Since their inception back in 2007, Tombs have been in a phase of constant turmoil. Band members have been changed multiple times, with mainman Mike Hill the only original member still in the band. A similar sort of change has been undergoing along the works of the band, with their style. Starting out as a post-black metal act with the raw, but extremely promising, Winter Hours, Tombs have been going through a process of a painful evolution, reaching its peak with the release of Savage Gold. The album saw them solidifying their sound, retaining the raw black metal quality, adding further doom/sludge elements to their body of work, and stylistically moving towards a more heavy metal oriented path. It basically proved that no matter the changes of line-up, or stylistic choices, Tombs were still able to produce great works.
All Empires Fall arrives two years after the pinnacle of Tombs, Savage Gold, and it sees once again a switch in line-up, with Hill and bassist Ben Brand, the only members that participated in the previous full-length. However, the additions in this case are insane. The new line-up includes Charlie Schmid (Vaura) on drums, Evan Void (Hivelords, Sadgiqacea) on guitars and Fade Kainer (Batillus) on synths and vocals. If that is not impressive, then I do not know what is.
What carries across the works of Tombs is their black metal edge, which is also a predominant force in All Empires Fall. And Tombs know really well how to twist around the different forms of black metal, may it be eerie and dissonant or fast-paced and aggressive. “Obsidian” makes use of the more creeping effect of the genre, while “V” interchanges between the furious assaults and an underlying epic quality, with the structure of the track pointing more towards latter day Enslaved. In this scenery the big sludge riffs find a perfect place, slowly unfolding, granting a touch of ritualism to the work, as is the case with “Last Days of Sunlight.” It is a testament to the band how they are able to change between different grooves and come out with a coherent result.
As was the case with Savage Gold, so it holds true in All Empires Fall. The band has moved further into the heavy metal domain, in a more extreme fashion of course. The riffs that make up most of this work's possess the characteristic sharp, pristine edge of heavy metal. However, this is not a mere collage of different genres, with Tombs being able to unleash moments, especially in “Deceiver,” where a heavy/black hybrid sound is initiated, or a more proto-black metal quality is awakened.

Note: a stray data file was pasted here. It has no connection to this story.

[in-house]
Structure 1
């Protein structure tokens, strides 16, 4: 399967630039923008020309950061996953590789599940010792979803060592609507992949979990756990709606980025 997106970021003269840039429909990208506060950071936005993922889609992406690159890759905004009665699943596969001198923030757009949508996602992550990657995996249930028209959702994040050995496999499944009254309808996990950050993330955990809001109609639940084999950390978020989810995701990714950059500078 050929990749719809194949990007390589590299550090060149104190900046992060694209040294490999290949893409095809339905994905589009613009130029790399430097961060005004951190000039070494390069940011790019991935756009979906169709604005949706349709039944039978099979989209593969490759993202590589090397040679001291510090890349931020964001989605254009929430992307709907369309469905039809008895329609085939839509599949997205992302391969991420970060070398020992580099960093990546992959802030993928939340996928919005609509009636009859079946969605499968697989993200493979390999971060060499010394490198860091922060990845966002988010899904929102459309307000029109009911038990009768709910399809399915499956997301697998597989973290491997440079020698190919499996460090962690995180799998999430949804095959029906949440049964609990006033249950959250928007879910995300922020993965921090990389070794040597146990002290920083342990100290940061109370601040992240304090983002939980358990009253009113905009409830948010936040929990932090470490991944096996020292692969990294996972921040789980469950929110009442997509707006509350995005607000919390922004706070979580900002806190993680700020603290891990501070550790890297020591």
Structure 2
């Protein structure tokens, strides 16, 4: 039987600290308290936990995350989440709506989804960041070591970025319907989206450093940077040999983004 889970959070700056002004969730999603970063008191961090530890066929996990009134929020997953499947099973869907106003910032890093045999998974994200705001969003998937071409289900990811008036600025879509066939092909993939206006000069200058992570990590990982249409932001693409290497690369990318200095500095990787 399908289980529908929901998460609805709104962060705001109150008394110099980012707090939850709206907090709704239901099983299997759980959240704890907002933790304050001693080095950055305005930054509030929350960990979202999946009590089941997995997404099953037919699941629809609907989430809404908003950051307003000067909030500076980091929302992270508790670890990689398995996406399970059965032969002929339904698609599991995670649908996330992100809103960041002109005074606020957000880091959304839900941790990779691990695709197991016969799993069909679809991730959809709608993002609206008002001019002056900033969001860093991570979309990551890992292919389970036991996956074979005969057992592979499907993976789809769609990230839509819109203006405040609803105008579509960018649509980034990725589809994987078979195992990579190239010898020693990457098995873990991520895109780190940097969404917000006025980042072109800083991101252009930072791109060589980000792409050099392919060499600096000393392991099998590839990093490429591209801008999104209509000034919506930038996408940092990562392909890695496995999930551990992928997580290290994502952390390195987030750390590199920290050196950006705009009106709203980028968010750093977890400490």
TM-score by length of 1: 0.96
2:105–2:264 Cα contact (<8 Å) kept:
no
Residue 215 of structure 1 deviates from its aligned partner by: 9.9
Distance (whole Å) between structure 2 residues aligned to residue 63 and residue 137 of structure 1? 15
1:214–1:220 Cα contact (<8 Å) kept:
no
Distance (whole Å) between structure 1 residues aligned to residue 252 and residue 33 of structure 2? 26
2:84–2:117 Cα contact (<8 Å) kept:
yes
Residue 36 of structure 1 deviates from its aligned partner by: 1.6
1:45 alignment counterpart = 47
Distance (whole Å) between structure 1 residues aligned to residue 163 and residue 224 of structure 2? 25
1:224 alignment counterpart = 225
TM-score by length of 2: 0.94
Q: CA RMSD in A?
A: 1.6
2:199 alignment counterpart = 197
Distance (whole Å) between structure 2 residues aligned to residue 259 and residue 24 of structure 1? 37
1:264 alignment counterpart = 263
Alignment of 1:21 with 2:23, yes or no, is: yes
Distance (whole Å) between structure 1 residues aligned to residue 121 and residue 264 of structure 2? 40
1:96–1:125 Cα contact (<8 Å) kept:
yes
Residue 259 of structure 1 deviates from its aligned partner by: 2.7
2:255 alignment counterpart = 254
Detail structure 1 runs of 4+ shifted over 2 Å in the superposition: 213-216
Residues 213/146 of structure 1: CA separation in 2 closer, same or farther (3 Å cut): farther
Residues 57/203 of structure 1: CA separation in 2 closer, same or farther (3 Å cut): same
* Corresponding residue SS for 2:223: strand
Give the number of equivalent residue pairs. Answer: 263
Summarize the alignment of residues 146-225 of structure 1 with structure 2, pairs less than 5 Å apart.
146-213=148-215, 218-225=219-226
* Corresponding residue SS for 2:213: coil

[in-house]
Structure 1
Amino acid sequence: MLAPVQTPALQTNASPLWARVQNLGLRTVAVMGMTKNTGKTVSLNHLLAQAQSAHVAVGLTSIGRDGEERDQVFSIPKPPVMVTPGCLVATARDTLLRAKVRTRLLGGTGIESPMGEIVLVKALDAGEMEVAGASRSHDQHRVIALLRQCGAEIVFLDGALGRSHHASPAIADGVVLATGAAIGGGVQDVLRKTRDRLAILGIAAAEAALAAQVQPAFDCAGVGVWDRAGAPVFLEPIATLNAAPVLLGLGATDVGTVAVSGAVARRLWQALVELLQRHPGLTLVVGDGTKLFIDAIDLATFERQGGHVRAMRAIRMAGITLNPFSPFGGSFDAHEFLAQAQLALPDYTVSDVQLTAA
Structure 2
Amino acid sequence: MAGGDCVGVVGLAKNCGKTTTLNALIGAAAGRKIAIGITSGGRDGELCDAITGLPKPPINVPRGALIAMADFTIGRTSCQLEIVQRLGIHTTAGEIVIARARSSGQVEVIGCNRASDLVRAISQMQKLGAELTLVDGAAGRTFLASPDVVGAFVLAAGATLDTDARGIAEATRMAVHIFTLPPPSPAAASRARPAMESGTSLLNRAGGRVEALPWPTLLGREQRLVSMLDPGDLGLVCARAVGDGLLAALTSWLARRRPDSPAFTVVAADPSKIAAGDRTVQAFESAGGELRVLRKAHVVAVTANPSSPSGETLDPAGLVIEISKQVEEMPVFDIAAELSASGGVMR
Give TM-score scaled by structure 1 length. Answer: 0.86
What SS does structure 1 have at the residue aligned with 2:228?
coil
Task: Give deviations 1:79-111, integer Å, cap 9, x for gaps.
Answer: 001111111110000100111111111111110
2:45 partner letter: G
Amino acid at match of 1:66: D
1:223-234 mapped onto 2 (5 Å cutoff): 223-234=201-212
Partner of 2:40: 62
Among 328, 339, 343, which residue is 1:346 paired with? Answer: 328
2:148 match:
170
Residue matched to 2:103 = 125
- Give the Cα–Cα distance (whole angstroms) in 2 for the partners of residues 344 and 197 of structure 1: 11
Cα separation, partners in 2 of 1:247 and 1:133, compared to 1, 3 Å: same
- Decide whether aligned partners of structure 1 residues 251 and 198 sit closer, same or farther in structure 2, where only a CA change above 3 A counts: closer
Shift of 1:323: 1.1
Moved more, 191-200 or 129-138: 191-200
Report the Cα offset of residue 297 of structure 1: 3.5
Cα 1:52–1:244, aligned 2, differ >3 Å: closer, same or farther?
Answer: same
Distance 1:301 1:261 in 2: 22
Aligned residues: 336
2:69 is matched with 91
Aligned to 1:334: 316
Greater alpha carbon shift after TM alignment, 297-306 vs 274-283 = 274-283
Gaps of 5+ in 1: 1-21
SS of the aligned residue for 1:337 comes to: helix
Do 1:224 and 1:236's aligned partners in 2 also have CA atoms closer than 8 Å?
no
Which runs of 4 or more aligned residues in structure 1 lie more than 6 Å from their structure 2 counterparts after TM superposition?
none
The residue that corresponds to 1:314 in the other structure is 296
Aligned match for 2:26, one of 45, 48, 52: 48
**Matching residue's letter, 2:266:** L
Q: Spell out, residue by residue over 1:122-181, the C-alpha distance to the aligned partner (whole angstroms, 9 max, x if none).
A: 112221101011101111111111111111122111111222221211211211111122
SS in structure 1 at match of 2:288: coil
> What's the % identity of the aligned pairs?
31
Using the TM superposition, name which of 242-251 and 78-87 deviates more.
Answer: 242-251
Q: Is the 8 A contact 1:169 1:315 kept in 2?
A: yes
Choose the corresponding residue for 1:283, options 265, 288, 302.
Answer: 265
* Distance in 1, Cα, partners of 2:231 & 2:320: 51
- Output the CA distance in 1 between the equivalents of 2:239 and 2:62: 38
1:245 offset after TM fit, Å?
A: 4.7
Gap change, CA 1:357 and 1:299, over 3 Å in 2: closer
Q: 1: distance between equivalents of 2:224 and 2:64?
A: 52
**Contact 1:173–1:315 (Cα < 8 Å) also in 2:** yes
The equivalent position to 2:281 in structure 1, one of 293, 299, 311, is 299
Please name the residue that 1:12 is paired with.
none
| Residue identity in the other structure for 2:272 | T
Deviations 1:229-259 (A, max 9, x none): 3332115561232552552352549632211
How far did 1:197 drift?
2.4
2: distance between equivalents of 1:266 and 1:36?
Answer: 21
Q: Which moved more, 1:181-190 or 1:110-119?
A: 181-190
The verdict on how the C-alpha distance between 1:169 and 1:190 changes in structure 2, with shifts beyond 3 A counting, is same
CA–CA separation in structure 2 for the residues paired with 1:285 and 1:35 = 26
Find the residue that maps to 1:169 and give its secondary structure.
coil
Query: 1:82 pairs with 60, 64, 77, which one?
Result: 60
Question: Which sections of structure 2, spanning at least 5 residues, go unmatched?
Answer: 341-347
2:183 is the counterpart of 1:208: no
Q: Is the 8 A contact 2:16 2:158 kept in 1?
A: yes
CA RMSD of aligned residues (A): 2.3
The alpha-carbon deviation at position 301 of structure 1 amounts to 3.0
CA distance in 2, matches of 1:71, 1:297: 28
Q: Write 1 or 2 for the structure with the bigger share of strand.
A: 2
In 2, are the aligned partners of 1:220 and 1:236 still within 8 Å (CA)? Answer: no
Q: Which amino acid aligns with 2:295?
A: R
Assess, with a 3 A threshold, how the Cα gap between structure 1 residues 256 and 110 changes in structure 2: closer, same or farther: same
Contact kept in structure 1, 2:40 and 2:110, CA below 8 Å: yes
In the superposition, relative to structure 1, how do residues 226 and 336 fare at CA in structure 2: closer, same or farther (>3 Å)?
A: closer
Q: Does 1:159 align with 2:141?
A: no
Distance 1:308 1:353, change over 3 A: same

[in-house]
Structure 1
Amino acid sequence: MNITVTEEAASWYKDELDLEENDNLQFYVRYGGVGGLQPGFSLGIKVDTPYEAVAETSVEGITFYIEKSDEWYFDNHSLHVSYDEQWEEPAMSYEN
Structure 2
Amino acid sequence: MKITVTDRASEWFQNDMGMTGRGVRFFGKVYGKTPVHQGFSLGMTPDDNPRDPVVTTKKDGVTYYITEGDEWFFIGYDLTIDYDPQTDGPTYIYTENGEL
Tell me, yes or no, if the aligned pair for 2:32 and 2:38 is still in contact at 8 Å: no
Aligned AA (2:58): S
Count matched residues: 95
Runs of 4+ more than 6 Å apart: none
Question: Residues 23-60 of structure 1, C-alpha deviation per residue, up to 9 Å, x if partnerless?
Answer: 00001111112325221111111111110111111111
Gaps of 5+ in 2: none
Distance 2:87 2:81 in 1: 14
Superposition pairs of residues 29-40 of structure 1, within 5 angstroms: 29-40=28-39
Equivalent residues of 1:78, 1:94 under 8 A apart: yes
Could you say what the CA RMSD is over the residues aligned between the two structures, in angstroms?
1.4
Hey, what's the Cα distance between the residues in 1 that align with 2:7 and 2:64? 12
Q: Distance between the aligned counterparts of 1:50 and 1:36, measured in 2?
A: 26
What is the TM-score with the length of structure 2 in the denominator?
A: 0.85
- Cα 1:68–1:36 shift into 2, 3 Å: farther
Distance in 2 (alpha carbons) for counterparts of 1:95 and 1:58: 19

The aspect that has changed significantly is the use of synths within Tomb's concepts. Sure, the band had experimented with such methods in the past, Bryant C. Meyer (Isis) appeared as a guest in three tracks from Path of Totality, and that was also carried, to some extent, in Savage Gold. But Keiner's presence in All Empires Fall is certainly much stronger. Apart from just introducing tracks, as is the case with the intro of “The World is Made of Fire” the synths do a terrific job of constructing sceneries. The cold vibe of the intro, the glacial approach in “Deceiver” and the unnerving quality of “V” present sometimes a Godflesh-ian vision or a Theologian-like ambiance. Especially, in the case of “Last Days of Sunlight” the synths are able to cover everything with their spacious sound, dissolving the world around you in the process, adding noise to make it even more uncomfortable. And, they can work alongside the music and not just as a standalone application, as parts of “Obsidian” reveal.
All in all, this EP is a first taste of what Tombs are striving towards. All Empires Fall is a further evolution on the sound of the band, and considering their history, it can be assumed that we are in for a treat when the next full-length arrives.
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